The Nationals are off today, and tomorrow they’ll return to the field just one week away from opening day. They still have to finalize their rotation, decide on the composition of a bullpen that has less clarity now than at the outset of spring and choose a center fielder. The certainty is that, once the season begins, the Nationals will be tested immediately.
Eighteen of the Nationals’ first 36 games come against teams that had winning records in 2010, 15 of those against 2010 playoff teams. That doesn’t count a three-game series in mid-April with the Brewers, the team that improved perhaps more than any other this offseason. (Then again, Zack Greinke could still be on the shelf at that point with his rib injury.) It also doesn’t count six games with the Marlins, against whom the Nationals are14-39 over the past three seasons. The Nationals play six of their first 30 games against the Phillies and their hellacious starting rotation.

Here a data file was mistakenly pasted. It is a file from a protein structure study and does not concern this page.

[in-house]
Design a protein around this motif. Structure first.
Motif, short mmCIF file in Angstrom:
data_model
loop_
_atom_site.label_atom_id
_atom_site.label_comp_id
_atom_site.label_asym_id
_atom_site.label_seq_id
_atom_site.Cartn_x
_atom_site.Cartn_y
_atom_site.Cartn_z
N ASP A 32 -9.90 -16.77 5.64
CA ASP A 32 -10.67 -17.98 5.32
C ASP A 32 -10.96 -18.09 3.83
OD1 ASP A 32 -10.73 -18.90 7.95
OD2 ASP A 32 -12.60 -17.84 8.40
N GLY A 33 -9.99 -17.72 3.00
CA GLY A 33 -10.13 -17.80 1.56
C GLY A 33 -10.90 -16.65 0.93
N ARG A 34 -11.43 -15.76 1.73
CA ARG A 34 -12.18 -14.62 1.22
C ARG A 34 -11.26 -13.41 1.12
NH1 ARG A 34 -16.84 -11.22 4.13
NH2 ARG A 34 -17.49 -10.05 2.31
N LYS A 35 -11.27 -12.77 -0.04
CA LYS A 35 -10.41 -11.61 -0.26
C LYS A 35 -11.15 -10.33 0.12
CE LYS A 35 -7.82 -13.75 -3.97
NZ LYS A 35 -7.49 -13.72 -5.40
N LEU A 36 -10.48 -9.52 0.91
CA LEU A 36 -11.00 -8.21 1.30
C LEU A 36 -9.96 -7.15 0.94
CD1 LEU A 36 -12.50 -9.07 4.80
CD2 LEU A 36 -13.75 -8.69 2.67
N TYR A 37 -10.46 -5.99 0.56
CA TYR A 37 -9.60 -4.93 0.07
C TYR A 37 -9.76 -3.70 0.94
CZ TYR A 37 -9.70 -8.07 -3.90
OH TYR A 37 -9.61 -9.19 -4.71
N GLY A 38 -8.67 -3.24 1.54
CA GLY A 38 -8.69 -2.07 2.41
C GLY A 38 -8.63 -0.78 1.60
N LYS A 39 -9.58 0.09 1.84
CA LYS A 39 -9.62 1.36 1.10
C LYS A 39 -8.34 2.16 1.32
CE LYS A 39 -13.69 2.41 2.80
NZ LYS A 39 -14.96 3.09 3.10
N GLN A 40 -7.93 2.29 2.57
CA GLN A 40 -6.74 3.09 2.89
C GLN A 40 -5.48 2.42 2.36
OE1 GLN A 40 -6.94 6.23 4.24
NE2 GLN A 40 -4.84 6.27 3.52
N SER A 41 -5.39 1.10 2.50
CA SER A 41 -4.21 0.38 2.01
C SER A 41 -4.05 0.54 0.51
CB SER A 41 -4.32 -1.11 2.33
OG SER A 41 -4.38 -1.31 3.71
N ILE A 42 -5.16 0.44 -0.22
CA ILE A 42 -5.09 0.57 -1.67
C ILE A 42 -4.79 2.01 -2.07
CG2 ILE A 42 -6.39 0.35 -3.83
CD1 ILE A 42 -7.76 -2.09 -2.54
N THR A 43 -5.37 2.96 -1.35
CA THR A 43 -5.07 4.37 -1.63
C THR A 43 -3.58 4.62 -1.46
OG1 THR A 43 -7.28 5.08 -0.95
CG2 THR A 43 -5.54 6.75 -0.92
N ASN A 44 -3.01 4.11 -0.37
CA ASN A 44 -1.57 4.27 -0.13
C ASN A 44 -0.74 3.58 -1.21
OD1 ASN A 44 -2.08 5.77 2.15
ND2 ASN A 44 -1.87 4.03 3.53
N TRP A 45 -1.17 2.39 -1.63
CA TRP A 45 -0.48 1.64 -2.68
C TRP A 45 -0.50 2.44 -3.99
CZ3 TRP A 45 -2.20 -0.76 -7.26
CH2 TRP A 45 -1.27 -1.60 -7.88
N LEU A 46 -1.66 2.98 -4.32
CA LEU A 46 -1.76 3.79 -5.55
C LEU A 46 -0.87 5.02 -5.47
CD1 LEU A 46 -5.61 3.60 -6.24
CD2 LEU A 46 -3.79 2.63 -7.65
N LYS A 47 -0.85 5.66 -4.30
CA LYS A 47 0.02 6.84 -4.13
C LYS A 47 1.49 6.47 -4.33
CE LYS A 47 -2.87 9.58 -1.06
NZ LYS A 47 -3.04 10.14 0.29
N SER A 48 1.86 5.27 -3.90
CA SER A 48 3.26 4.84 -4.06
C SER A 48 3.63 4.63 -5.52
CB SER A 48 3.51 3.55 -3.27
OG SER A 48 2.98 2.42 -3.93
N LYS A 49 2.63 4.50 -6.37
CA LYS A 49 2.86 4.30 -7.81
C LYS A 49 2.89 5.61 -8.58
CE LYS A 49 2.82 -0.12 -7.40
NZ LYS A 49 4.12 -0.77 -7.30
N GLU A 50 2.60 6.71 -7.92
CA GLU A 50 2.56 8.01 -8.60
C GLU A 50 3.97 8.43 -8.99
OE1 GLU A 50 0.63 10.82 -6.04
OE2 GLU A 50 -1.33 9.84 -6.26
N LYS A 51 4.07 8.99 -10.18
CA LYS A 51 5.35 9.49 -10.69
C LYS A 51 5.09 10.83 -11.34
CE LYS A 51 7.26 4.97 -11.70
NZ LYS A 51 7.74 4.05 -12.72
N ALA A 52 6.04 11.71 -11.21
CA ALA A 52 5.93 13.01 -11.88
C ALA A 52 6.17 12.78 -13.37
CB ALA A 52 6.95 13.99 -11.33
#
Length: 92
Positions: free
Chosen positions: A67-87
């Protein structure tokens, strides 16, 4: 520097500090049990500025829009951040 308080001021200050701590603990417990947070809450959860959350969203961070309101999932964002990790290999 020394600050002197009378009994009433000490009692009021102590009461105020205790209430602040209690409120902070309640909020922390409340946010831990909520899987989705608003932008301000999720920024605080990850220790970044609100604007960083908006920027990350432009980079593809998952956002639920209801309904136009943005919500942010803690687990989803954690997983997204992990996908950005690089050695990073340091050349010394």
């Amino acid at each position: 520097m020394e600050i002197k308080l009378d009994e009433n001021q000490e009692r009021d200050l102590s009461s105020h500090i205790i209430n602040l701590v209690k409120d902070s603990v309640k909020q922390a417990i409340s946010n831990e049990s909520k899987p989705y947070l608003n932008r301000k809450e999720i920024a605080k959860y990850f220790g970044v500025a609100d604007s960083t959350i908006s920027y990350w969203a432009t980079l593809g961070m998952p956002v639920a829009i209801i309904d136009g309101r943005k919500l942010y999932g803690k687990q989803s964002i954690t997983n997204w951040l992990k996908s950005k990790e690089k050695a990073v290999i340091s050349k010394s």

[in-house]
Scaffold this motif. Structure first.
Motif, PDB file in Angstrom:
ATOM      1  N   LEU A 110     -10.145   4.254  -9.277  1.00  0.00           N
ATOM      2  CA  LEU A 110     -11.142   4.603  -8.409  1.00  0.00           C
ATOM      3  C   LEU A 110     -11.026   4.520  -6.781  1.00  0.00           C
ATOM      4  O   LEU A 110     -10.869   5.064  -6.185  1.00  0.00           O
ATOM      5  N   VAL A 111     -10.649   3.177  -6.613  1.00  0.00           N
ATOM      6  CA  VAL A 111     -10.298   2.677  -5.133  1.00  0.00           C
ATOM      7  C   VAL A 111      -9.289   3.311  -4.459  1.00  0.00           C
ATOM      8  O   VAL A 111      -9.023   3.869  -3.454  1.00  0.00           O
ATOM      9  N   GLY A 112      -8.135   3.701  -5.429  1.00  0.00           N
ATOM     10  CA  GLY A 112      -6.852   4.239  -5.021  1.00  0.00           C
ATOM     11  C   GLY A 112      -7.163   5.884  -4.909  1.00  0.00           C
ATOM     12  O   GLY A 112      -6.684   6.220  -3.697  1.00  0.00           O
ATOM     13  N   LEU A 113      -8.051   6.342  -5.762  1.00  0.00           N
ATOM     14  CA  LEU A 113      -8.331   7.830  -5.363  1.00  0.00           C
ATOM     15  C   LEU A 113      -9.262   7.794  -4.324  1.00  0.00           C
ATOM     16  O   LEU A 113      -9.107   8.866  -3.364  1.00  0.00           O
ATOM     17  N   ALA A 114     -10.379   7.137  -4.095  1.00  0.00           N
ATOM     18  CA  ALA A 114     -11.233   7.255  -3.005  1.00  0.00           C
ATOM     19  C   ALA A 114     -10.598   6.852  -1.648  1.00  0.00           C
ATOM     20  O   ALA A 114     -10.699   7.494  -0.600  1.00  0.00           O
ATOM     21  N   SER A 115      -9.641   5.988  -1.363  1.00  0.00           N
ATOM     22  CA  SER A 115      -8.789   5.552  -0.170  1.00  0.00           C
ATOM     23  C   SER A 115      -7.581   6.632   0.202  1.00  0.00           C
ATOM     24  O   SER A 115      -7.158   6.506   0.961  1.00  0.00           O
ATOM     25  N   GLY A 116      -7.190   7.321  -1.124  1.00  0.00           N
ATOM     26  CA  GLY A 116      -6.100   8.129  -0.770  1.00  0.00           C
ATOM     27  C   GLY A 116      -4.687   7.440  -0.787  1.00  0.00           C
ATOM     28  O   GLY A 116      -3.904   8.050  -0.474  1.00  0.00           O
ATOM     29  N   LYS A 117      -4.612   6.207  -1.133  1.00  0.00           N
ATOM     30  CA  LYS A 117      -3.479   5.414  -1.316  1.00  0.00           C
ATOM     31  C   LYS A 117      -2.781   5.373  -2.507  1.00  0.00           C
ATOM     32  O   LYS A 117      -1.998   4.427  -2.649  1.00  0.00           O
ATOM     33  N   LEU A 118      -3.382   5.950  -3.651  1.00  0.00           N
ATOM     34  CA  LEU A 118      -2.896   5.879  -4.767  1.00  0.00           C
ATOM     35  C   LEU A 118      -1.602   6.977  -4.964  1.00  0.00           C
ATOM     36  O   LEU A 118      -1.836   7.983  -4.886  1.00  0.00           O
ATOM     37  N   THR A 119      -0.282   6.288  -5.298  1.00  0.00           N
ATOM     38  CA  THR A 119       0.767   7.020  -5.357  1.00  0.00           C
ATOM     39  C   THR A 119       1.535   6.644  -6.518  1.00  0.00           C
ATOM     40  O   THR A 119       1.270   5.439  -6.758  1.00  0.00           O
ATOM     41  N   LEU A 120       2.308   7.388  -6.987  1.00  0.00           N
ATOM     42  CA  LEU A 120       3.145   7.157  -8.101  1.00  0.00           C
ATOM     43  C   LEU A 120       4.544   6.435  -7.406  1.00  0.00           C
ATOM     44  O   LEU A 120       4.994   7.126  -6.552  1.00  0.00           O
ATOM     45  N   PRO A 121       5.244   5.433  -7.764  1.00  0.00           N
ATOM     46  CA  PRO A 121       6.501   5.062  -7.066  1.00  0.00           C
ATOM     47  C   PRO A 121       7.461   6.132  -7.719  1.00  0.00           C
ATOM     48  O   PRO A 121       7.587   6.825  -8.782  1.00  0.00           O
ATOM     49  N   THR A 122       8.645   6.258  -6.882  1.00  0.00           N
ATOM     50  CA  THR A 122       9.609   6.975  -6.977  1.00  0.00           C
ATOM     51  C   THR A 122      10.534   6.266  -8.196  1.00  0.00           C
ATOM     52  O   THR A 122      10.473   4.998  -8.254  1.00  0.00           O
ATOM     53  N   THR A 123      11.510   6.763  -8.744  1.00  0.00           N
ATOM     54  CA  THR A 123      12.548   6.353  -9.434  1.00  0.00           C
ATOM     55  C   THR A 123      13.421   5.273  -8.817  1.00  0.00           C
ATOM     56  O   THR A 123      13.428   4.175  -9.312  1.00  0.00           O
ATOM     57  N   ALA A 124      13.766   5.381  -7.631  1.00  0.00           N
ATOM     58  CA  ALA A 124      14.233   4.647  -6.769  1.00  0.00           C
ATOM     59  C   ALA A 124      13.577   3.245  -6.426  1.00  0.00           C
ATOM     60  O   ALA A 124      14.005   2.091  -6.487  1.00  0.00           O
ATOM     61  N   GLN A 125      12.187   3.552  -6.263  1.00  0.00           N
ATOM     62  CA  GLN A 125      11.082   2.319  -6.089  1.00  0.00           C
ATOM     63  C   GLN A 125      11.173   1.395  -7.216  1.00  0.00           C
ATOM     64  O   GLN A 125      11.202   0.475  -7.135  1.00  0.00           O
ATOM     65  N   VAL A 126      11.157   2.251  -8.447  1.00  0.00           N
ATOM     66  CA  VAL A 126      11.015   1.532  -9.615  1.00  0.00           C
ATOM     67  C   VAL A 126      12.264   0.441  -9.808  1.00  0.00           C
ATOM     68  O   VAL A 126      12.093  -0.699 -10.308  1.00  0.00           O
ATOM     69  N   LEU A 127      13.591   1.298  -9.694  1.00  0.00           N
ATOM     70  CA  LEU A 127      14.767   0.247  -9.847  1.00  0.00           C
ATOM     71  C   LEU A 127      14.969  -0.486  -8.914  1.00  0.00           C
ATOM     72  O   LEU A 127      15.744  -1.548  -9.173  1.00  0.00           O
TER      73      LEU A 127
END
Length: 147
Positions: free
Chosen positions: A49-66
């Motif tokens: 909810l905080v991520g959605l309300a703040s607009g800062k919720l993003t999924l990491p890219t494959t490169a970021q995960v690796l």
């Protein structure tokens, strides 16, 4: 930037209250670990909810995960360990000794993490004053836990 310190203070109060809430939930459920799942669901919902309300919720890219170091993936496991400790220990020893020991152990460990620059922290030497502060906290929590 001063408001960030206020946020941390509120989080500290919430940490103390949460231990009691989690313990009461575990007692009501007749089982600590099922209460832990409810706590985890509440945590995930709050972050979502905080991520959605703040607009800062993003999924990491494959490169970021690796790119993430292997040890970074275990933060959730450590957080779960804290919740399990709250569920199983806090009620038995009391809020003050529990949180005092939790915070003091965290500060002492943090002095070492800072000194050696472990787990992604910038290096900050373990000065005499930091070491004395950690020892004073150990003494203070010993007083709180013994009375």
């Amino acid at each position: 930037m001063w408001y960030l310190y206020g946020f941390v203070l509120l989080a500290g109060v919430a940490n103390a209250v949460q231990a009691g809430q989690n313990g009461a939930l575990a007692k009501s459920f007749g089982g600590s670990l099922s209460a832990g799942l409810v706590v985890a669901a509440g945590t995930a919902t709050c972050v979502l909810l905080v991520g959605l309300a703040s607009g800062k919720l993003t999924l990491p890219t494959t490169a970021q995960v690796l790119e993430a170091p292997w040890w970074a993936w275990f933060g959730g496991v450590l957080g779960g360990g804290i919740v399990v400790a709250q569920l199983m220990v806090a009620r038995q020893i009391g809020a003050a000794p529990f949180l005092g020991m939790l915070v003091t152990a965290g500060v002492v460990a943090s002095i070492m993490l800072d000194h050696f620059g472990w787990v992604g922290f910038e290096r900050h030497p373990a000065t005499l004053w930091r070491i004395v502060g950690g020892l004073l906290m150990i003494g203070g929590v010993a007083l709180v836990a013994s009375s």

It’s not all so grueling. The Nationals get to play nine of their first 24 games against the Pirates and Mets. But the other 27 games out of their first 36 will be against difficult opponents.
The start to the Nationals’ season could be crucial in regard to the security of Manager Jim Riggleman, who is managing in the final guaranteed year of his contract. General Manager Mike Rizzo has expressed confidence in Riggleman, but he has not exercised Riggleman’s 2012 option. A bad start, in any sport, for any manager or coach working without a contract beyond the current season, will arouse uncomfortable speculation whether it’s warranted or not. A good start could help convince Rizzo he should address his manager’s uncertain situation.
The Nationals can avoid those issues a strong start. Against their schedule, it won’t be easy.
FROM THE POST
Zack Greinke considered playing for the Nationals after meeting with Ted Lerner this winter and hasn’t ruled out signing with them as a free agent, Sheinin writes.
Boz says the Nats will police themselves in the clubhouse this season.